A dangerous snake is one that kills a lot of people per year. Copperheads don’t even make the list. A bite from a copperhead is only very rarely fatal to a human, and those cases are either severe, untreated, or associated with an allergy. But again, you still need to be careful around any venomous snake. Most people who are bitten by copperheads were seen as a threat by the snake.
How to Avoid Getting Bitten by a Venomous Copperhead?
Copperheads want to avoid humans. They don’t see us as prey but as threats. Because of that, the best way to avoid a bite from a copperhead is to actively avoid the snake yourself.
When you’re out on a hike, wear thick hiking boots, stick to the established trails, and, most importantly, watch where you’re putting your feet. Thick boots will protect you from the worst of a bite aimed at your foot, which would probably be one of the worst places to get bitten on a hike where you might need to use your foot to get out and get help.
Sticking to clear, established trails will help you be able to easily spot any snakes in your path. Copperheads and other snakes are often very easy to miss among leaves, sticks, and other forest litter. They may also hide under logs or rocks for shade, and stepping on those rocks might disturb them.
Above all, watch where you’re going. The best way to avoid a snake bite is to see the snake before it’s a problem, and then carefully walk a different way. Once you know where the snake is, you should be able to pretty easily find a different path that won’t disturb it. If that’s not an option, you could also just back up and wait until it moves on.
Stay Alert If Copperheads Are Common Where You Live
If copperheads are common where you live, whether they frequent your backyard or your favorite outdoor spots, the same sort of things apply: stay alert and keep an eye out. When you spot a snake, give it a respectful amount of distance. It won’t bite you if you don’t make it feel threatened.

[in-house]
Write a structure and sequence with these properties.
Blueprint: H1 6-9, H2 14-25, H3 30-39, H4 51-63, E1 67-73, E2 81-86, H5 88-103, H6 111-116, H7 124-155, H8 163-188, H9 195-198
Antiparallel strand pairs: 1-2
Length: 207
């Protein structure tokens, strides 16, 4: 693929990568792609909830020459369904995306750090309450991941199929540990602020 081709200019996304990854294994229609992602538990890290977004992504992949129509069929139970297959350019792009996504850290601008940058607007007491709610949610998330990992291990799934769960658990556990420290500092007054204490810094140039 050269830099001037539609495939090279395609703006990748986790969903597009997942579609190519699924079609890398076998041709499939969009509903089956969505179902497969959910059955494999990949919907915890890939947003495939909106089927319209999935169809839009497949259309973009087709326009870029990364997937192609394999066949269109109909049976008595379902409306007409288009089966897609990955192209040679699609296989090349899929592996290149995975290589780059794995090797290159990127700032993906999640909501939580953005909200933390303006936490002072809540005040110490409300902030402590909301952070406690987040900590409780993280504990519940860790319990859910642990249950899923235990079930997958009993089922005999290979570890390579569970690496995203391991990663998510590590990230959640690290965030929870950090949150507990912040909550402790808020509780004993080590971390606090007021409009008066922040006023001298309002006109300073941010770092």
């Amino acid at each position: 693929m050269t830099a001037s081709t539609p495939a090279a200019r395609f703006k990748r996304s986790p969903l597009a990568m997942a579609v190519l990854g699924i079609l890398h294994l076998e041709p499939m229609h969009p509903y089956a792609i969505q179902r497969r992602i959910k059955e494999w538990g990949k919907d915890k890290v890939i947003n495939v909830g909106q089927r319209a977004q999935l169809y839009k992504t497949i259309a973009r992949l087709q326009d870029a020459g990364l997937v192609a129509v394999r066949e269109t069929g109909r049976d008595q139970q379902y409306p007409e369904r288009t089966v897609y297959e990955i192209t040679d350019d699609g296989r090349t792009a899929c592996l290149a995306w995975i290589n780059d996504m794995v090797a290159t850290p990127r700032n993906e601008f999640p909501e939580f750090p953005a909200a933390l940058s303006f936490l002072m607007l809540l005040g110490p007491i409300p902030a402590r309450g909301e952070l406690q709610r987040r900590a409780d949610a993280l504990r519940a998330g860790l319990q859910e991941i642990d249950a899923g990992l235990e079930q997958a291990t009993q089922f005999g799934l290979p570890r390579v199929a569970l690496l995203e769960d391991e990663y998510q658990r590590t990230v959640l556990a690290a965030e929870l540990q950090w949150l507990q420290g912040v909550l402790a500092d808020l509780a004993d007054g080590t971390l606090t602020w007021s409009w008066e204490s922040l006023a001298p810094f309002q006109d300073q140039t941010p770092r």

Like rattlesnakes, copperheads may wiggle their tails against leaf litter to bring attention to themselves. That’s them saying, “Hey, I’m here, don’t mess with me.” It’ll sound a little different from a rattlesnake, but whenever you hear that sound, stop and look where the sound is coming from to see where the snake is, then back away: you’re too close for the snake’s comfort.
What Snakes are Confused With Copperheads?
So far, we’ve been talking about copperheads in general, which have two specific subspecies. These snakes are distinguished by the copper color of their head. However, there are some other snakes that are colloquially called copperheads for a similar reason.
Other snakes that are called copperheads are water moccasins (also called cottonmouths), sharp-nosed pit vipers, and radiated rat snakes. These snakes have different venom levels from copperheads, especially water moccasins, which are very dangerous.
The way to tell whether the snake you’ve found is a true copperhead is by the pattern. The body of the copperhead is a light brown or orange color, banded with darker patches. They’re very loose shapes. From above, it might look like light diamonds running along the back, or dark triangles pointing into each other.